Zakaria Oozes: ‘Cool’ ‘Fireman’ Obama Used Speech ‘to Douse’ Donald Trump’s ‘Flames’

In the latest analogy put forth by a member of the liberal media to praise President Obama, CNN’s Fareed Zakaria opined on Monday’s CNN Tonight that the President used his speech to the nation on Sunday to come across as the “cool” “fireman” who will “douse” the “flames” started by Donald Trump.

Additionally, Zakaria hailed the speech as “vintage Obama” as he conducted “an adult conversation” with the American people about ISIS and forced them to accept his ISIS strategy since “not a lot of people have come up with an alternative.”

Zakaria was set up by host Don Lemon asking him for his thoughts on the President’s speech and that the belief among Americans “that the President need[ed] to come out to address...San Bernardino, Paris, and on and on.” Specifically, he wanted to know from the Fareed Zakaria GPS host if: 

[C]onsidering what Donald Trump has said, what did you think about the President's speech last night? Did he do anything to sort of negate what Donald Trump is saying to make the American people feel better? What did you think of the speech?

Smiling with glee, Zakaria exclaimed that “in some ways, it was vintage Obama” because “the way he views it, people like Donald Trump are playing with fire and he is the fireman.” 

Zakaria further hyped that the President “is the guy who’s going to douse those flames” by being “cool, measured,” and “hav[ing] an adult conversation about, you know, the steps that are being taken to deal with ISIS, what we should do and what we shouldn't do.”

Following a classic liberal media tactic of insulting the American people’s intelligence, Zakaria ruled that Obama’s logic “may be too cool for some people.”

When Lemon tried to push back on the belief that the President lacked passion, Zakaria asserted that the American people could also be expecting too much from Obama when he just “want[s] to be [a] grown-up” compared to his opponents: “I think he doesn't believe he should have to jump in a mote and get hysterical when, you know, bad things happen. I think his view is that's when you want to be grown-up.”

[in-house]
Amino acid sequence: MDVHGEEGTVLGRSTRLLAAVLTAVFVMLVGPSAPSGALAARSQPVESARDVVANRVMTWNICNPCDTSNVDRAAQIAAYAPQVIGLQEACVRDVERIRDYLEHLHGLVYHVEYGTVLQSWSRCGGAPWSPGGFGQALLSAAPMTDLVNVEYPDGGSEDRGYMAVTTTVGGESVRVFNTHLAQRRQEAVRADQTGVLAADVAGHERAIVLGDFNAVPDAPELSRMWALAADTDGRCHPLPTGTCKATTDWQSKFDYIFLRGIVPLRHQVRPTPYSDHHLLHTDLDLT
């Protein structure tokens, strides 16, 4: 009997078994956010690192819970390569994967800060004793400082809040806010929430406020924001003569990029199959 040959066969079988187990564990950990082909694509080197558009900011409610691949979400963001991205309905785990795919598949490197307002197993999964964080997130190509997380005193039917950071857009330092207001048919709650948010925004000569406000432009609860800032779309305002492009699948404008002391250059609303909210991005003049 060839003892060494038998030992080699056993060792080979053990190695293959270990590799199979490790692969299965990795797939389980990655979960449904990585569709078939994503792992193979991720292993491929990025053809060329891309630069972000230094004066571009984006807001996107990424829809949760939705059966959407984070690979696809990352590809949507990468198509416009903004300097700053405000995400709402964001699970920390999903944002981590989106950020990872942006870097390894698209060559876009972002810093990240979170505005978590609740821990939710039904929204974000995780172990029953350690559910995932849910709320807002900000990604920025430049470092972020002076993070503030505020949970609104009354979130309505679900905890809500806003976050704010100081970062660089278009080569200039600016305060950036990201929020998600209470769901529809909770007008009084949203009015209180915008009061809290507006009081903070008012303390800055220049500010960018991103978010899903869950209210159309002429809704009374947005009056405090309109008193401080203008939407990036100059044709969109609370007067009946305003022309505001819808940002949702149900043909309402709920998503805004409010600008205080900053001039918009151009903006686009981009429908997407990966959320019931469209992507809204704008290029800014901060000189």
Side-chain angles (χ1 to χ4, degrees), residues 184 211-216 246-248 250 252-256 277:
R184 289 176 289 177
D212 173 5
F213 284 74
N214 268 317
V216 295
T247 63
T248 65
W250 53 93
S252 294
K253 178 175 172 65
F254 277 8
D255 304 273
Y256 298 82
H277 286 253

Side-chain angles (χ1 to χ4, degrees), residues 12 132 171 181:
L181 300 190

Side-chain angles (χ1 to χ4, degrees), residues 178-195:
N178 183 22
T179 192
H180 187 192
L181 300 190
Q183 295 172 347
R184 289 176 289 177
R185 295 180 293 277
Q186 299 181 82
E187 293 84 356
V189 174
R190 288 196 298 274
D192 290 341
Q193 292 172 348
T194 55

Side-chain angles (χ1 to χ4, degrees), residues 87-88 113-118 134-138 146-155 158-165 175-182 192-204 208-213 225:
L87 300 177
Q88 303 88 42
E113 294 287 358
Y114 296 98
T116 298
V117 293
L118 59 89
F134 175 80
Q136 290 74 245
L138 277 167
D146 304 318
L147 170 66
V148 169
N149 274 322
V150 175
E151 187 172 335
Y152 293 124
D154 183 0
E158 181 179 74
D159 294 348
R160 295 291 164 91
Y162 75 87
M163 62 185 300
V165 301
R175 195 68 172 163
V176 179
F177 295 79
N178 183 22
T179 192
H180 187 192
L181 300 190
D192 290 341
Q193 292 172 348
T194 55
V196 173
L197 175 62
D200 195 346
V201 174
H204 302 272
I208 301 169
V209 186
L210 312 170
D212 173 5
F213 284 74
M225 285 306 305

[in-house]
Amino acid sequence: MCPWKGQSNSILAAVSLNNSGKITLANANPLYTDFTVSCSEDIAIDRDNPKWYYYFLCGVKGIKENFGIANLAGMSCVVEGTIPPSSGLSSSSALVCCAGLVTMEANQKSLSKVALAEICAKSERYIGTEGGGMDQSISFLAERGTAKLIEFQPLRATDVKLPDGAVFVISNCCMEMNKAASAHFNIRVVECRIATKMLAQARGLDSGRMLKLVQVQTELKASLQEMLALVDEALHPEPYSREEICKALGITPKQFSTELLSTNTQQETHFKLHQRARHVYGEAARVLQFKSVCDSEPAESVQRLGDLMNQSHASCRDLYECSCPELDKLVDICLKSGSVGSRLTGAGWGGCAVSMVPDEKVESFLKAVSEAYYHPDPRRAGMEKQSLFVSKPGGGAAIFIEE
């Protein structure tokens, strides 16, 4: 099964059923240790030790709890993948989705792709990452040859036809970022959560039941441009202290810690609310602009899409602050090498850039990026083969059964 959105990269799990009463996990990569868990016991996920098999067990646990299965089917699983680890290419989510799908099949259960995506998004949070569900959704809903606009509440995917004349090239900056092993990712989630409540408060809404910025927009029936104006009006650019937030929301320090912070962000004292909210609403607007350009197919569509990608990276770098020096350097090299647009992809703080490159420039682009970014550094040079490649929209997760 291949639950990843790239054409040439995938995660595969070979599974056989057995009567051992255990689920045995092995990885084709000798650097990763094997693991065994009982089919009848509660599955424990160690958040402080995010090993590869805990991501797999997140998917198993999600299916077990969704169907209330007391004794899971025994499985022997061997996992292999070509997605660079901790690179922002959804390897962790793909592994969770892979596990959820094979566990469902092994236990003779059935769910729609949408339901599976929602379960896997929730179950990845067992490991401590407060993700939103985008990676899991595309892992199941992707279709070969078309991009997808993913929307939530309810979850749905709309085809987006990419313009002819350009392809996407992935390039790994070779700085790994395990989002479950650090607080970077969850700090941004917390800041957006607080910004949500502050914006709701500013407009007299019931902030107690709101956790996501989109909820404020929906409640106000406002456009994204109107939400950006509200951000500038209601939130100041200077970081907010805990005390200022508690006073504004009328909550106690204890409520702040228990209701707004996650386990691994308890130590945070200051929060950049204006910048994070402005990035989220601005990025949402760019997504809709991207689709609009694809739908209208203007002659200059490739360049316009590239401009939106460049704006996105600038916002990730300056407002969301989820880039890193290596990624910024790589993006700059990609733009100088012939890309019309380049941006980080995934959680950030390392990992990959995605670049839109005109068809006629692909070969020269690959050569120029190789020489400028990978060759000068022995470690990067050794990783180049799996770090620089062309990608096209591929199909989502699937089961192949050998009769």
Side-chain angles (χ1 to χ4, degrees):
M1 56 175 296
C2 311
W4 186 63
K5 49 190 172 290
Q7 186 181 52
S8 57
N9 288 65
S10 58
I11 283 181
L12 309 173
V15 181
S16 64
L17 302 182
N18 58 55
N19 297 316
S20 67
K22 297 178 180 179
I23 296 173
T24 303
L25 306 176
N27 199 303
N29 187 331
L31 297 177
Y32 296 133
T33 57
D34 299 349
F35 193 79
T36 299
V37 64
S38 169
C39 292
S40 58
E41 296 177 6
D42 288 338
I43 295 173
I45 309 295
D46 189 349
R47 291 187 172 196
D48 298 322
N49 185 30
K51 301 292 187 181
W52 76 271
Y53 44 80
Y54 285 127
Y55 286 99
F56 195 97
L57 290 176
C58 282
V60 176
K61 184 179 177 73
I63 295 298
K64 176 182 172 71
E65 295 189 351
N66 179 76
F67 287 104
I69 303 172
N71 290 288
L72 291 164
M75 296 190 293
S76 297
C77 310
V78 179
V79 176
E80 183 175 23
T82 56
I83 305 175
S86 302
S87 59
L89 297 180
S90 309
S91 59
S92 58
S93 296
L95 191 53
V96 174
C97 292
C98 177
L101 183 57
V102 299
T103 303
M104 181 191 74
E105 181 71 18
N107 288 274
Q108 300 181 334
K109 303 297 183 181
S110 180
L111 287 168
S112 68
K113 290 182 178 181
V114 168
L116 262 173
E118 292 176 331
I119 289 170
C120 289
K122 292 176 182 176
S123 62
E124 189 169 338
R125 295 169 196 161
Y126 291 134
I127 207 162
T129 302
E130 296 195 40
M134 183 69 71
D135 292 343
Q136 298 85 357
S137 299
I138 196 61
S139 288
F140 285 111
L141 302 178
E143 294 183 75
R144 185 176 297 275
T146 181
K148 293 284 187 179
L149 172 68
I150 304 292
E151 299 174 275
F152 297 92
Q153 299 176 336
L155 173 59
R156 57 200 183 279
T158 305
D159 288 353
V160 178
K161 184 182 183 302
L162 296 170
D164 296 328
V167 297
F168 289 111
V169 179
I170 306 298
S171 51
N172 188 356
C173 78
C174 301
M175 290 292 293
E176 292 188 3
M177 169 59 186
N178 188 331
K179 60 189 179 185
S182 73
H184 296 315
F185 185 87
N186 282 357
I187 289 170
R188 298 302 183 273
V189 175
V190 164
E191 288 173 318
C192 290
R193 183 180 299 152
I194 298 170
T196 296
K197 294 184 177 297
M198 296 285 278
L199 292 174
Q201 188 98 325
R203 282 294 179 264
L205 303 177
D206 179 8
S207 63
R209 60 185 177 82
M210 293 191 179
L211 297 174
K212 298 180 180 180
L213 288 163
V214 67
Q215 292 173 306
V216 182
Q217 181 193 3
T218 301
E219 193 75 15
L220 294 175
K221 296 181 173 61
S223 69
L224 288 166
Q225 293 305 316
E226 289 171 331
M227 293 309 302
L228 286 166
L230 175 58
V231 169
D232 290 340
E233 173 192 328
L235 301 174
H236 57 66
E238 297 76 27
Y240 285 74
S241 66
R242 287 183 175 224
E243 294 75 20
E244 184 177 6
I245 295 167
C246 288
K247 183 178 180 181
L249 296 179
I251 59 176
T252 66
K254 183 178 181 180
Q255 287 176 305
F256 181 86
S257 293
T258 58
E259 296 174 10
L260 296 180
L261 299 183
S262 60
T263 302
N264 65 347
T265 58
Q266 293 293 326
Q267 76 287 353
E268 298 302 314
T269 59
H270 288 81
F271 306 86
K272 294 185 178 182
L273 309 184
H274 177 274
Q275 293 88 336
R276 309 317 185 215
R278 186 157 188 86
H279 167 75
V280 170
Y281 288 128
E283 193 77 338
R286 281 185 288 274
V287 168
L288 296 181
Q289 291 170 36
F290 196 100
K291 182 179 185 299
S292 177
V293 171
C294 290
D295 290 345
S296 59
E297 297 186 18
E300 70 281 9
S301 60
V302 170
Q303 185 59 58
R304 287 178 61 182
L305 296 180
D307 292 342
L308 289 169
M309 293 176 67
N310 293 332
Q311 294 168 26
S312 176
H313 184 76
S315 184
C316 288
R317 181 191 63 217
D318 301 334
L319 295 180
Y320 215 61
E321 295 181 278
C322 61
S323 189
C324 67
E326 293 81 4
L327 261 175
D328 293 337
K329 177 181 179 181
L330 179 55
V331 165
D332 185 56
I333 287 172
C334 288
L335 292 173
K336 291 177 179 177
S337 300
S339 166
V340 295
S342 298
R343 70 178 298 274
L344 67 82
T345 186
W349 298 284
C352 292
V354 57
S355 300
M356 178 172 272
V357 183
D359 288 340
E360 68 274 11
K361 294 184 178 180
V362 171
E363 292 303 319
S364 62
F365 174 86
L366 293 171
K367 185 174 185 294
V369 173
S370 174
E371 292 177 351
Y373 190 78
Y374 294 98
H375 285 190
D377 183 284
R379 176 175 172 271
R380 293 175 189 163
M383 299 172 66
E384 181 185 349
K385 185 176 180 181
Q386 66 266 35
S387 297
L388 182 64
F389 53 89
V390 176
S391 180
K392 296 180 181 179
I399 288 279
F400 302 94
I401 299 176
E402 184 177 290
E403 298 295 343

In a move that foreign policy experts in the media like CNN’s Michael Weiss and NBC’s Richard Engel would strongly disagree with, Zakaria claimed that there’s essentially no alternative to fighting ISIS than what the Obama administration has been trying to implement:

That’s when you want to be calm and reason and certainly, for all that people are saying, as I say, with regard to his strategy, not a lot of people have come up with an alternative. There is this huge problem in Syria which is you do not have a ground force that can take and govern the territory that ISIS controls. Until you figure that out, you can — huff and puff all you want. You have to go along with the strategy that they have. Air strikes, special ops, working with locals, trying to get the Kurds — the Turks more involved. You know, for all the — if you look at Donald Trump tweets, his response to the speech was why does he keep calling it ISIL? Why doesn't he call it ISIS like everyone else? Okay, I mean, if that's your substantive critique of the speech, that tells you us you don't have an alternative.

The relevant portion of the transcript from December 7's CNN Tonight can be found below.

CNN Tonight
December 7, 2015
11:21 p.m. Eastern

DON LEMON: Many people have been saying that the President needs to come out to address the situation, after what happens in San Bernardino, Paris, and on and on. What did you — and considering what Donald Trump has said, what did you think about the President's speech last night? Did he do anything to sort of negate what Donald Trump is saying to make the American people feel better? What did you think of the speech? 

FAREED ZAKARIA: Well, I think it was in some ways, it was vintage Obama. He is — I think the way he views it, people like Donald Trump are playing with fire and he is the fireman. He is the guy who’s doing to douse those flames. He is going be cool, measured, he's going to have an adult conversation about, you know, the steps that are being taken to deal with ISIS, what we should do and what we shouldn't do. It may be too cool for some people. 

LEMON: For those that says where is the passion, he wasn't passionate enough, you say —

ZAKARIA: I think he doesn't believe he should have to jump in a mote and get hysterical when, you know, bad things happen. I think his view is that's when you want to be grown-up. That’s when you want to be calm and reason and certainly, for all that people are saying, as I say, with regard to his strategy, not a lot of people have come up with an alternative. There is this huge problem in Syria which is you do not have a ground force that can take and govern the territory that ISIS controls. Until you figure that out, you can — huff and puff all you want. You have to go along with the strategy that they have. Air strikes, special ops, working with locals, trying to get the Kurds — the Turks more involved. You know, for all the — if you look at Donald Trump tweets, his response to the speech was why does he keep calling it ISIL? Why doesn't he call it ISIS like everyone else? Okay, I mean, if that's your substantive critique of the speech, that tells you us you don't have an alternative.

NB Daily Campaigns & Elections 2016 Presidential Foreign Policy Media Bias Debate Military War on Terrorism Conservatives & Republicans Liberals & Democrats Religion Islam CNN CNN Tonight Video Government & Press President Obama President Barack Obama ISIS Islamic State of Iraq and Syria Fareed Zakaria Don Lemon Barack Obama Donald Trump
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